How We Recount the Mountain Meadows Massacre – Pt 2


At the height of the Utah War, the Baker-Fancher party of emigrants from Arkansas traveled through Utah heading to California. The recent church essay records, “At the peak of this tension, in early September 1857, a branch of the territorial militia in southern Utah (composed entirely of Mormons), along with some Indians they recruited, laid siege to a wagon train.”  After the initial attack was resisted, and after the party identified the attackers as not simply an Indian raid, but as composed of white Mormons, it was consciously decided by the ecclesiastical and militia leaders, Stake Presidents Isaac C. Haight and William H. Dame to leave no survivors to tell any tales.  On September 11, the emigrant party was coaxed to leave their barricade in a single file under promise of a white flag.  After a few hundred yards, a signal was given.  All were murdered except for about 17 children under eight years old.  The attackers were sworn to secrecy and a plan was set to blame it on the Paiutes.

What followed was a cover-up.  Not until the 1870’s, when the federal government had sufficient evidence to place blame on Utah settlers, did Brigham Young orchestrate setting the Iron County Indian Agent John D. Lee as the scapegoat in trial.  He was executed for the crime.  He, alone, received any legal or lasting ecclesiastical justice for the massacre.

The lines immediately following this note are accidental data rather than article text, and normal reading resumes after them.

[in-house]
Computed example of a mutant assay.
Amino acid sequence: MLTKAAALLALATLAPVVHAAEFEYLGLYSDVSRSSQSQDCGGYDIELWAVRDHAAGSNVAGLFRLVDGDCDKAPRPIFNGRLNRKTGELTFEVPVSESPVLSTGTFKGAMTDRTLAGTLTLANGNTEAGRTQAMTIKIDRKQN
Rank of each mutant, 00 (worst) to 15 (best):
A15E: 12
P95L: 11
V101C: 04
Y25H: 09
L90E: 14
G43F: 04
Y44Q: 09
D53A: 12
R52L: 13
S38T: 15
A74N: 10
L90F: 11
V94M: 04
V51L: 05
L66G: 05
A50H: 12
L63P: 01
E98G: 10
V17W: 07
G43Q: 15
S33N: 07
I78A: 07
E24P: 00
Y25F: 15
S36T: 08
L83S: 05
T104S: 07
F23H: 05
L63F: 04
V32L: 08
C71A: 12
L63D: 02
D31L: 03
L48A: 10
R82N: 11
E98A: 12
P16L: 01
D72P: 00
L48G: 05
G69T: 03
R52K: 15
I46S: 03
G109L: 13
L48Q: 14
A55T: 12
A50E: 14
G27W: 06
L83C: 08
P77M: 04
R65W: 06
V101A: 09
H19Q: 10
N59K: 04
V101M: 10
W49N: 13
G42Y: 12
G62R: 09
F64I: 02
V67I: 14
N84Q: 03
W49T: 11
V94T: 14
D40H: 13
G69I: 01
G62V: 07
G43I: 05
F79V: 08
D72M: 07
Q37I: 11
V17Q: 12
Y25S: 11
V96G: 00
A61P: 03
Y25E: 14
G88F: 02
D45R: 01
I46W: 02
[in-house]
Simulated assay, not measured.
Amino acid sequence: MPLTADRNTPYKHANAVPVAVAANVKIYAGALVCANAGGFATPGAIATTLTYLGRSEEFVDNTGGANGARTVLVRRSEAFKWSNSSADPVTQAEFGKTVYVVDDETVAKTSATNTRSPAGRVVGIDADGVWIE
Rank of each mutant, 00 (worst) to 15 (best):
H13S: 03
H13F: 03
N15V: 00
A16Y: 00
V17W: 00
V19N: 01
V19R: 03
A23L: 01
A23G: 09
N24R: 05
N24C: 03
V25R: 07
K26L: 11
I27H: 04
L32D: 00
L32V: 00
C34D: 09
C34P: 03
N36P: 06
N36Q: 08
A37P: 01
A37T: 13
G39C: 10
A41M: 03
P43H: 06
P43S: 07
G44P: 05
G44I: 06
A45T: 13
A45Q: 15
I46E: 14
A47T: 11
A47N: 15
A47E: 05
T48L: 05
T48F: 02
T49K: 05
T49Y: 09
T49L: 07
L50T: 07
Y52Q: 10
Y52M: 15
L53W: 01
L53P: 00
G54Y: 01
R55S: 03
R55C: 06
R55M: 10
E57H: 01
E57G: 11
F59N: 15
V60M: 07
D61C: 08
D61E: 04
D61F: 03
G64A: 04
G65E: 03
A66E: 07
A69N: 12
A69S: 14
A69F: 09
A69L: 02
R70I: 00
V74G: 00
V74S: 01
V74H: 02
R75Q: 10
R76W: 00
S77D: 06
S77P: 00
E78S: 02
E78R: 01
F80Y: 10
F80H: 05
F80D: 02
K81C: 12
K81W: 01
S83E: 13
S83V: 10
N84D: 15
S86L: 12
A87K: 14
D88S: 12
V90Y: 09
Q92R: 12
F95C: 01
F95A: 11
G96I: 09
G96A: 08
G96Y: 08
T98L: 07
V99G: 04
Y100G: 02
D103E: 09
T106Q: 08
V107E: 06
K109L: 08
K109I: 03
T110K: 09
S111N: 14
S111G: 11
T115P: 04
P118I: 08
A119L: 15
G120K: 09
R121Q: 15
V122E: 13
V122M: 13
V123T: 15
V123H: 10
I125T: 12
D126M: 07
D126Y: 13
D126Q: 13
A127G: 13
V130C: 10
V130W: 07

This essay documents the evolution of how we tell the story.  Who was to blame for the massacre?  Were the native Paiutes the instigators and sole attackers?  Were whites involved, were they reluctant, were they the instigators?  Were the emigrants antagonistic? How involved was Brigham?  How do we talk about the cover-up?  What more do we need to say?

Most of the material for the essay is from a PhD Dissertation by Casey Olson written in 2013.[1][2] Olson documents all of the written narratives discussing the Mountain Meadows Massacre.  The public schools have closely aligned with the church’s stance.  Outside of B.H. Robert’s Comprehensive History, the church held that Paiutes were primarily responsible until a 2007 Ensign Article.


Olson (2013).  Placement of responsibility by each publication categorized by type

George A. Smith (1858)

The first official narrative is Apostle George A. Smith’s official report of the massacre, recorded in a letter to Brigham Young on August 17. It placed full blame on the Indians for the massacre and only mentioned that John D. Lee and some other White Mormons may have been present.

Charles W. Penrose (1884)

Apostle Charles W. Penrose gave an address to the twelfth ward in October 1884, eight years after Lee was executed. The Church later reprinted it. [3]  He asserted that John D. Lee of his own volition incited Indians to attack the Baker-Fancher train and commit the massacre. He related that some local White Mormons under Lee’s influence also participated in the atrocity.

Hubert Howe Bancroft. History of Utah (1889)

One of the first secular Utah history books was written by a prolific “assembly line” historian Hubert Bancroft.  He essentially adopted Penrose’s narrative.

Orson Whitney. History of Utah (1892) and The Making of a State (1908)

Apostle Orson F. Whitney wrote Utah’s first history textbook in 1908.  It included an abbreviated version of Penrose’s narrative.  The multi-volume 1892 history conceded that John D. Lee joined Indians attacking the wagon train, but represented Indians as the leading perpetrators. It reiterated the original Latter-day Saint narrative that downplayed Mormon culpability by vilifying the Arkansas and Missouri emigrants, rebutting Bancroft’s footnotes that supplied a version of the massacre unfavorable to Mormons, and emphasizing the alleged depravity of bloodthirsty Indians bent on revenge.

Josiah F. Gibbs. The Mountain Meadows Massacre (1910)